© Claudine Vazeille
© André Hambourg - collection Ville de Deauville
© André Hambourg - collection Ville de Deauville

A painter loving Normandy

Author of a remarkable production, corresponding to about 12,000 works, André Hambourg, who was also Paintre de la Marine, lithographer, drawer and war reporter, has developed a figurative art that found several inspiration sources along the Côte Fleurie. André Hambourg lived in the XX century. Born in 1909 in Paris, he started painting the roads of his youth. When he was still very young, he travelled a lot and brought from these trips several preparatory drawings, after his studies at the Ecole Nationale des Beaux Arts. He has been participating very soon to several fairs, before winning the Abd-el-tif prize in 1933, getting his first trip in Algeria, where he lived until the war started.
He was appointed war correspondent in January 1945, then Peintre officiel de la Marine in 1952, a period in which his favourite subjects were the Norman coast and Saint-Rémy-de-Provence. These trips made him discover his love for light, leading to a more personal and bright technique, with the exception of the sketches made during the War. At the end of the 1940s, he started to be interested in representing the others in quite a messy agitation whose unit could only be reproduced by the painter.
Among 1947 and 1948, André Hambourg had the opportunity, even before his official nomination as Peintre de la Marine, to board on the Richelieu and to cross the Mediterranean Sea. He also was on board the De Grasse in 1963 and the Colbert in 1966 in the Eastern Mediterranean. Two campaigns on board the helicopter carrier Jeanne d’Arc and the Commandant Bourdais-class frigate in 1983-84, and then in 1985-86, allowed him to take a trip around the world. Finally, to celebrate the centenary of the Liberty Statue in 1986, the Jeanne and the Boudais crossed the Atlantic to participate to the New-York celebrations, also hosting on board André Hambourg.
From 1982, the painter has been renting cabin n.181 on the Boardwalk of Deauville, where he could observe and paint the popular Deauville “away from the worldly bustle, in a quiet place”. Actually, since his first stay in 1949, André HAMBOURG has loved setting down on the beach or on the dyke to paint the light of Deauville or Trouville. In 1965, he has also organized a special exhibition about Deauville at the Wally Findlay Gallery in New York.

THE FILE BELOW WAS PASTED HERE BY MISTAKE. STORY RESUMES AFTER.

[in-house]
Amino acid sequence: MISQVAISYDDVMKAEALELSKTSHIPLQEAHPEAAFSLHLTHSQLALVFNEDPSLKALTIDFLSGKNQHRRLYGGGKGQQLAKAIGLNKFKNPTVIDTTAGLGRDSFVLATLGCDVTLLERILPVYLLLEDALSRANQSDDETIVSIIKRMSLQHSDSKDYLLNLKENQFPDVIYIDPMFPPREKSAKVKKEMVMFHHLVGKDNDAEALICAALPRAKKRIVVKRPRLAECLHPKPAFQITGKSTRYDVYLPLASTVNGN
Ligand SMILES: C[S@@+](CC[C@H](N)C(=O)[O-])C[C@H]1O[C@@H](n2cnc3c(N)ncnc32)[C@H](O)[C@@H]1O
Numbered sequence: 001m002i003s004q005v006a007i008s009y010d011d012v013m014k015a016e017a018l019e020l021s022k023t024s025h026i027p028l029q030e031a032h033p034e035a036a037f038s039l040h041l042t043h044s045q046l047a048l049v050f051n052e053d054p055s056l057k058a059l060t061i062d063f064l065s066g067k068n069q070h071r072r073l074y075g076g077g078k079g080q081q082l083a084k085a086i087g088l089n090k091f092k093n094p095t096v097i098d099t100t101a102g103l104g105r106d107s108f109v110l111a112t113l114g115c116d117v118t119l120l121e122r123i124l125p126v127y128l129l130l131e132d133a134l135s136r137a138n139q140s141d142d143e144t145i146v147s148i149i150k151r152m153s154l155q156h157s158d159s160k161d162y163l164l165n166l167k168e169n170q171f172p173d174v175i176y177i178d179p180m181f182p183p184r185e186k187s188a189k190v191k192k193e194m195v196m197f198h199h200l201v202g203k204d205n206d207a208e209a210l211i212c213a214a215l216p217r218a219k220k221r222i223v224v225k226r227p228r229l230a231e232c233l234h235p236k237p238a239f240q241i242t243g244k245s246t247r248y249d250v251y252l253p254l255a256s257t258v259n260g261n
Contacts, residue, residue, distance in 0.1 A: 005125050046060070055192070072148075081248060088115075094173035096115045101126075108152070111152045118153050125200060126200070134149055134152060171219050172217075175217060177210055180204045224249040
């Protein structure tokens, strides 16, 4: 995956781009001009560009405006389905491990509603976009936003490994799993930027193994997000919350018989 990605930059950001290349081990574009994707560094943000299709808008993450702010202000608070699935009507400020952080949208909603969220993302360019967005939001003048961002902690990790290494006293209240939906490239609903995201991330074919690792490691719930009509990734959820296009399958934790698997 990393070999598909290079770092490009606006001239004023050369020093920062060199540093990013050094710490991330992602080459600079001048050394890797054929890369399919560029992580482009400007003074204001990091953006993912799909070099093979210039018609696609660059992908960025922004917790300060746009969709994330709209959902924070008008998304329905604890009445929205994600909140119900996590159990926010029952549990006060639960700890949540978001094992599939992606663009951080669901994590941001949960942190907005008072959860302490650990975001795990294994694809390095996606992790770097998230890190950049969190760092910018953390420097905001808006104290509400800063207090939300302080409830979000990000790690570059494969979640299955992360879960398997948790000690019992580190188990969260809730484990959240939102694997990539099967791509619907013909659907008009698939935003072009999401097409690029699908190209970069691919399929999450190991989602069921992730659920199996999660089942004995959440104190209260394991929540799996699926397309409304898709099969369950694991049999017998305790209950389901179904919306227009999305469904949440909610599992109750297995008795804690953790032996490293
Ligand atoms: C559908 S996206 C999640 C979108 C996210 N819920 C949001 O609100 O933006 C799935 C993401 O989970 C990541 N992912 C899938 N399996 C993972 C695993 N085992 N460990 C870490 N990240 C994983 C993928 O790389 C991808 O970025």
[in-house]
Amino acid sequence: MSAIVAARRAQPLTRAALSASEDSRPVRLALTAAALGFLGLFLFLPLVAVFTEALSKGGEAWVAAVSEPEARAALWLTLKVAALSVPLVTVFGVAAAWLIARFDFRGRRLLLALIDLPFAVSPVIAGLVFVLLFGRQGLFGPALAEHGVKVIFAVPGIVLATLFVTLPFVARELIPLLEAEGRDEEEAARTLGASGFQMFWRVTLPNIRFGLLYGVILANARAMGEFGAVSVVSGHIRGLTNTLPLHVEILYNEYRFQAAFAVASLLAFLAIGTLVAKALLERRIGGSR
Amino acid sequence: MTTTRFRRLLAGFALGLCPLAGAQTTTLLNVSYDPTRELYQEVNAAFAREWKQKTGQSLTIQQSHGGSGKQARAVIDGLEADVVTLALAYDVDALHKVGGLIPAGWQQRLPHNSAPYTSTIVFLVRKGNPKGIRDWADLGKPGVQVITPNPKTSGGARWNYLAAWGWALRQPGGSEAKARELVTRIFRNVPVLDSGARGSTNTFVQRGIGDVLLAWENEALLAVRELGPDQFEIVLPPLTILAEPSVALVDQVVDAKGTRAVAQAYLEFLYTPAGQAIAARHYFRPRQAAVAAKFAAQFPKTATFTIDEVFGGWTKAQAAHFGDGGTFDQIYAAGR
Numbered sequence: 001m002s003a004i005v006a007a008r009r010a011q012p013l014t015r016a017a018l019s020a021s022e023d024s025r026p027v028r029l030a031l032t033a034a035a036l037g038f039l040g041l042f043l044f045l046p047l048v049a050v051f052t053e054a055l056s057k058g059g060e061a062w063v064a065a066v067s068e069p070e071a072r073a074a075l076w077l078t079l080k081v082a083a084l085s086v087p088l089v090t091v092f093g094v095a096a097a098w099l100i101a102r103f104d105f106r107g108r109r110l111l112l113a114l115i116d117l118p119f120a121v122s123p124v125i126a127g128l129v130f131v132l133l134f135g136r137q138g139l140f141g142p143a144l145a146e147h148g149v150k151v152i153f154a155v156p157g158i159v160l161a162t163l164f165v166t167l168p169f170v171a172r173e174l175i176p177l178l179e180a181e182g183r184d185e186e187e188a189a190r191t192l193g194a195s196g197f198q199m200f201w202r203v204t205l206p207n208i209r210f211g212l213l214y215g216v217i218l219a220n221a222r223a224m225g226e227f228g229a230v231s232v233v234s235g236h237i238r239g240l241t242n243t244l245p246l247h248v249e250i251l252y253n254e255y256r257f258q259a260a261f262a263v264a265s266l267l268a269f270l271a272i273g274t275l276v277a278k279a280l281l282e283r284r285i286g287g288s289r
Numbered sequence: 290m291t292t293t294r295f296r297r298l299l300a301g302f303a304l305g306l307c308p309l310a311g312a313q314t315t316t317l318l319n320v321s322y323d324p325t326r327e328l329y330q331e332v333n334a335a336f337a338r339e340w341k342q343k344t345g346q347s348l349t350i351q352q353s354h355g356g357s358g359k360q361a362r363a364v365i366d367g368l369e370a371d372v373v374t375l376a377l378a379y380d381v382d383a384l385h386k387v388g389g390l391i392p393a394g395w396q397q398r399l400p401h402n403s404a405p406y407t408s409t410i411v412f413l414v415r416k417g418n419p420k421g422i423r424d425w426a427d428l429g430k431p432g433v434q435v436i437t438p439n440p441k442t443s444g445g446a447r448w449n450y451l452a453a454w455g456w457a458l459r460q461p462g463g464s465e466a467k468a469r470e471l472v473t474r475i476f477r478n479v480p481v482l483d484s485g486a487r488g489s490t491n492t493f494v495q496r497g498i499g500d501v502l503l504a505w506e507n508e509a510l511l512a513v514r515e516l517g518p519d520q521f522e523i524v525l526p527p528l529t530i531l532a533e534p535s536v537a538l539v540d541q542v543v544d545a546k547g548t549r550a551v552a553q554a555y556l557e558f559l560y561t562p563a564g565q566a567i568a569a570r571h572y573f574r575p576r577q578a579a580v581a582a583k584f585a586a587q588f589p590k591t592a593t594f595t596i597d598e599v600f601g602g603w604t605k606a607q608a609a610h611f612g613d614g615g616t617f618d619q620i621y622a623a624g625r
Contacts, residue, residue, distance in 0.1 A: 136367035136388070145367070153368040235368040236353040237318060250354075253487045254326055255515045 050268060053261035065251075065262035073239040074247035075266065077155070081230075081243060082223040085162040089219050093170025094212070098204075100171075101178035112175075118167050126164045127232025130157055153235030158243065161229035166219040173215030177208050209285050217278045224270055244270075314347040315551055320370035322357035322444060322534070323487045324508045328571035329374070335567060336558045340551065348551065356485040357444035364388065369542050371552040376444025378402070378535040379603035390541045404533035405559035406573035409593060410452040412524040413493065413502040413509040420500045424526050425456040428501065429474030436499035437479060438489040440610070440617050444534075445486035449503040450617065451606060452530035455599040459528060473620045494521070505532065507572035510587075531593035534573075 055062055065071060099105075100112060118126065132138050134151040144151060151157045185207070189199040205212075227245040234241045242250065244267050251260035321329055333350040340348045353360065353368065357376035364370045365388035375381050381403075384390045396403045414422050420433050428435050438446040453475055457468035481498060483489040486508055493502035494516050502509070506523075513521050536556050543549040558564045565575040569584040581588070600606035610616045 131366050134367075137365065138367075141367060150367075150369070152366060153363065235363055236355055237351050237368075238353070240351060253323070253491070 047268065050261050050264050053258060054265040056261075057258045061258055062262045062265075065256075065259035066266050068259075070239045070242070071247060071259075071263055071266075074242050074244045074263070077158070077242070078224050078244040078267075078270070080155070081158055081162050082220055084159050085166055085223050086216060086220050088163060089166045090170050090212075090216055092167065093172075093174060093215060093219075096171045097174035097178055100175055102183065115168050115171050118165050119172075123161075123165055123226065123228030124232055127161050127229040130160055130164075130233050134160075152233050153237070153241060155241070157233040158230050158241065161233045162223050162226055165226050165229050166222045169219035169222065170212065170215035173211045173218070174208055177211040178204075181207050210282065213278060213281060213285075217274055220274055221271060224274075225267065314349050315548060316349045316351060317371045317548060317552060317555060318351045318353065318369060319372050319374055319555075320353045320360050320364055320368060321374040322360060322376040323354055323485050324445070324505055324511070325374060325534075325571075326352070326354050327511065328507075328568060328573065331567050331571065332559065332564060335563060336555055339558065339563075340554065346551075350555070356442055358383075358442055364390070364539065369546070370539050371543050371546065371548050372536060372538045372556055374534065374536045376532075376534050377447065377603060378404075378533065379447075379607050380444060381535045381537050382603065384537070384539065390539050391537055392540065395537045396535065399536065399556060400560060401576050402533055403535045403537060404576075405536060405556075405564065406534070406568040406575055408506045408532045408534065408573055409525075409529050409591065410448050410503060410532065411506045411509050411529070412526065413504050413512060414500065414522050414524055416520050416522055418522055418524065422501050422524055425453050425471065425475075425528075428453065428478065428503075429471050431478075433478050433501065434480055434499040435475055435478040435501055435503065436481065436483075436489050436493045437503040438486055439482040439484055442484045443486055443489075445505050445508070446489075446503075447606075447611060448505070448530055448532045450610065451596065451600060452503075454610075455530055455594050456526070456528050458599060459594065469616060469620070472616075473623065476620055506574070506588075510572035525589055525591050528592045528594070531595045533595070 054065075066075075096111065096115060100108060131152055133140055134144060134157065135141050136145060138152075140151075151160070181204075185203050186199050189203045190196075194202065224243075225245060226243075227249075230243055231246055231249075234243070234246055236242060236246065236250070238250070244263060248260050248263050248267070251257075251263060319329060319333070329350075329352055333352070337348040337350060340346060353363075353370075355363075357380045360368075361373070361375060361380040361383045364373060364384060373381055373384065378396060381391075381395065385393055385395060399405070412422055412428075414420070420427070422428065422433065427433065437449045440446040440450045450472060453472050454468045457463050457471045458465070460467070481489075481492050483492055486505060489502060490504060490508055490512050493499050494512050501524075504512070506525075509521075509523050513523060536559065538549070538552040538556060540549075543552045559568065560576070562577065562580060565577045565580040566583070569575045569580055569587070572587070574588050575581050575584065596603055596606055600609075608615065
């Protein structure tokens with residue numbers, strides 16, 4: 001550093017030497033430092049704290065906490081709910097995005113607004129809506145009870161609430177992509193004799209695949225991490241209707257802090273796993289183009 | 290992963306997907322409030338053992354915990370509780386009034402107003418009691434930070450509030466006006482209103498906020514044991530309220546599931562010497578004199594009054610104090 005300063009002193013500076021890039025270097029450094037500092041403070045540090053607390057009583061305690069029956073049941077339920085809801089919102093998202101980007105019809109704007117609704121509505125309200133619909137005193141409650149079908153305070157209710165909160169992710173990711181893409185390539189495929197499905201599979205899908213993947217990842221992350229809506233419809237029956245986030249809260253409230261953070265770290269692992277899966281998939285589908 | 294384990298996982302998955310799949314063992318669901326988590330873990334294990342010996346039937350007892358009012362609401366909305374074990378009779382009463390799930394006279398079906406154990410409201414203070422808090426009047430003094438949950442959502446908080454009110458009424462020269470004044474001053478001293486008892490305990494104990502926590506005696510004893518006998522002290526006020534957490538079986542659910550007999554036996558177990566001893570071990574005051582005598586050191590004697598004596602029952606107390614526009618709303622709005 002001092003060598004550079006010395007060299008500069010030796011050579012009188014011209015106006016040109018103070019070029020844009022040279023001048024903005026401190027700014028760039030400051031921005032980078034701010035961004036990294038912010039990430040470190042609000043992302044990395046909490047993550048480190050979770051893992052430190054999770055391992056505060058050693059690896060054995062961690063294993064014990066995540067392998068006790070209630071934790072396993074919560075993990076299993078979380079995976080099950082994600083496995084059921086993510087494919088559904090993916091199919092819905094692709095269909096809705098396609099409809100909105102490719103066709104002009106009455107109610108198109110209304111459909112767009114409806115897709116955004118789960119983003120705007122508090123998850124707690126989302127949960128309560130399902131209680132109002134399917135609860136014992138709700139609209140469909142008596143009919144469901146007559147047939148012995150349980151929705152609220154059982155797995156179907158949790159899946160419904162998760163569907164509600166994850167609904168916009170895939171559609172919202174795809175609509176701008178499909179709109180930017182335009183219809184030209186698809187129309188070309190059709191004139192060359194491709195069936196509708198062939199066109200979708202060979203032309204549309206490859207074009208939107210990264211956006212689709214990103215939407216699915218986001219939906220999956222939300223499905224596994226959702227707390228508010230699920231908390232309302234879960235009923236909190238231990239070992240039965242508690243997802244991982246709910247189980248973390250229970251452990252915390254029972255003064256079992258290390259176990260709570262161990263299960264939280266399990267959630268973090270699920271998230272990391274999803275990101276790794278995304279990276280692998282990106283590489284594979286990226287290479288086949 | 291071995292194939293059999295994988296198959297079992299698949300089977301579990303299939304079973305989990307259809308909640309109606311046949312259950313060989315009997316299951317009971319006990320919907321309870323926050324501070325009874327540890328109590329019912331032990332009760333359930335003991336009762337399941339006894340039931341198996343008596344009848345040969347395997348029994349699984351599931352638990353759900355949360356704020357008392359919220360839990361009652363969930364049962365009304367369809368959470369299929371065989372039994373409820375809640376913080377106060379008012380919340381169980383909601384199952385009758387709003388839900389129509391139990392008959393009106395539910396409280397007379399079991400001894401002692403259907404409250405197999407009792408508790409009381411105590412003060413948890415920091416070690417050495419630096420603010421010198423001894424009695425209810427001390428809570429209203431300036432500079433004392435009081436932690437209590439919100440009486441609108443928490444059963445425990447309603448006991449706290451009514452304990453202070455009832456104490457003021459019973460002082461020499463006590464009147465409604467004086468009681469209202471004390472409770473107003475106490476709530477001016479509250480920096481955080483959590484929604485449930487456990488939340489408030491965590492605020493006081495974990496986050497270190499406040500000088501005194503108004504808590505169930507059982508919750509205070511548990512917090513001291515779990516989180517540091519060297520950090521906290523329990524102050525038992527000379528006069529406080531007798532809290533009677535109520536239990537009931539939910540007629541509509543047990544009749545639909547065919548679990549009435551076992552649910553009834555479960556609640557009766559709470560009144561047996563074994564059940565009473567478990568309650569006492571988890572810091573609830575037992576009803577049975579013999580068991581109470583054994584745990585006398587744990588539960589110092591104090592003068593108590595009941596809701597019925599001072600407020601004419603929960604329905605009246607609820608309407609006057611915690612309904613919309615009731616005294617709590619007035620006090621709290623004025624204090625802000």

1937: First stay in Honfleur.
1947: Stay in Honfleur, then in Saint Rémy de Provence, where he saved the olive tree fields painted by Van Gogh. First sea mission aboard the Richelieu, with the help of Bizette-Lindet.
1976: Normandy, creation of 5 mosaics for three schools of Deauville and Trouville.
1979: Inauguration of the Hambourg hall at the Trouville museum, after a donation made by the artist.
1988: Inauguration of the floor hosting the Hambourg – Rachet donation at the Eugène Boudin museum in Honfleur
2009: For the 10th anniversary of his death, Philippe Augier, Mayor of Deauville revealed a plaque made in tribute to the painter, situated on the cabin n.181, called "Cabine André Hambourg".
2011: Wanting to ensure the preservation, longevity and valorization of the works of her husband, Nicole Hambourg bequeathed to the City of Deauville 538 oil paintings made by him, painted between 1925 and 1999. After receiving this donation, the City of Deauville committed to open in Deauville a museum to preserve and permanently or temporarily exhibit these works. The André Hambourg Museum will be placed at the Franciscaines site, a future friendly and cultural place, whose opening is scheduled for 2019.
2012: A first exhibition, including about one hundred works, is organized at the International Centre of Deauville.